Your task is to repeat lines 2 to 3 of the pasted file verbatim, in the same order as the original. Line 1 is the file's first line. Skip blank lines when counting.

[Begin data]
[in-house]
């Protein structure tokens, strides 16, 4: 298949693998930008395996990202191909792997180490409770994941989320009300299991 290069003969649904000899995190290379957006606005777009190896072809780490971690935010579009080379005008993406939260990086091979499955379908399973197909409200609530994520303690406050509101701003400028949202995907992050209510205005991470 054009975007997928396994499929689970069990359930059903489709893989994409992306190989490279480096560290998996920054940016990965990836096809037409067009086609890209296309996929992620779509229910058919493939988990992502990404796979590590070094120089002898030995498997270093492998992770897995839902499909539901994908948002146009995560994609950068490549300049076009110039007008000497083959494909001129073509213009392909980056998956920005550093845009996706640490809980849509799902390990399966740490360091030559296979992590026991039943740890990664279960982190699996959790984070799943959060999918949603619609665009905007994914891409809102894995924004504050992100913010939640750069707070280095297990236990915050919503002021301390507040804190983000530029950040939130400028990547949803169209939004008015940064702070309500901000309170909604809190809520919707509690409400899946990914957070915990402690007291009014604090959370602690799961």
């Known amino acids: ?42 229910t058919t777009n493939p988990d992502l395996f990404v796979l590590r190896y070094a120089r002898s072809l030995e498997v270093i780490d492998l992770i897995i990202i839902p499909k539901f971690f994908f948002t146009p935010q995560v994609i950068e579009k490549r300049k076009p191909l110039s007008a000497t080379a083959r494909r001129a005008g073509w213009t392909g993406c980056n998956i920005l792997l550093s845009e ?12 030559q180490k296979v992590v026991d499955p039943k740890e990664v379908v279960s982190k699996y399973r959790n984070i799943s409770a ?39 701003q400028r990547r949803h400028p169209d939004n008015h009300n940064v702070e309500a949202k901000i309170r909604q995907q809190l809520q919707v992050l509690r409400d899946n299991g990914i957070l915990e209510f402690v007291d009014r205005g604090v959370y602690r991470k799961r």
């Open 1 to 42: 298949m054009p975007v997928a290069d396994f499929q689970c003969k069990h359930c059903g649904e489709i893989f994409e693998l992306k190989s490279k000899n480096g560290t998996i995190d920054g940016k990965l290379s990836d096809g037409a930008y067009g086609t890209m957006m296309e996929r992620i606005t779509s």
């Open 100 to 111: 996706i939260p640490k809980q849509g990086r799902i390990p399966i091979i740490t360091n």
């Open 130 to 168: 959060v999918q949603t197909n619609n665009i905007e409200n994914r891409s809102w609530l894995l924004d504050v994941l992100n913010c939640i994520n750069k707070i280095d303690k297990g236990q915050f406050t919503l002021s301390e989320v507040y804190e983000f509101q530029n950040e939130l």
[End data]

């Protein structure tokens, strides 16, 4: 298949693998930008395996990202191909792997180490409770994941989320009300299991 290069003969649904000899995190290379957006606005777009190896072809780490971690935010579009080379005008993406939260990086091979499955379908399973197909409200609530994520303690406050509101701003400028949202995907992050209510205005991470 054009975007997928396994499929689970069990359930059903489709893989994409992306190989490279480096560290998996920054940016990965990836096809037409067009086609890209296309996929992620779509229910058919493939988990992502990404796979590590070094120089002898030995498997270093492998992770897995839902499909539901994908948002146009995560994609950068490549300049076009110039007008000497083959494909001129073509213009392909980056998956920005550093845009996706640490809980849509799902390990399966740490360091030559296979992590026991039943740890990664279960982190699996959790984070799943959060999918949603619609665009905007994914891409809102894995924004504050992100913010939640750069707070280095297990236990915050919503002021301390507040804190983000530029950040939130400028990547949803169209939004008015940064702070309500901000309170909604809190809520919707509690409400899946990914957070915990402690007291009014604090959370602690799961």
């Known amino acids: ?42 229910t058919t777009n493939p988990d992502l395996f990404v796979l590590r190896y070094a120089r002898s072809l030995e498997v270093i780490d492998l992770i897995i990202i839902p499909k539901f971690f994908f948002t146009p935010q995560v994609i950068e579009k490549r300049k076009p191909l110039s007008a000497t080379a083959r494909r001129a005008g073509w213009t392909g993406c980056n998956i920005l792997l550093s845009e ?12 030559q180490k296979v992590v026991d499955p039943k740890e990664v379908v279960s982190k699996y399973r959790n984070i799943s409770a ?39 701003q400028r990547r949803h400028p169209d939004n008015h009300n940064v702070e309500a949202k901000i309170r909604q995907q809190l809520q919707v992050l509690r409400d899946n299991g990914i957070l915990e209510f402690v007291d009014r205005g604090v959370y602690r991470k799961r």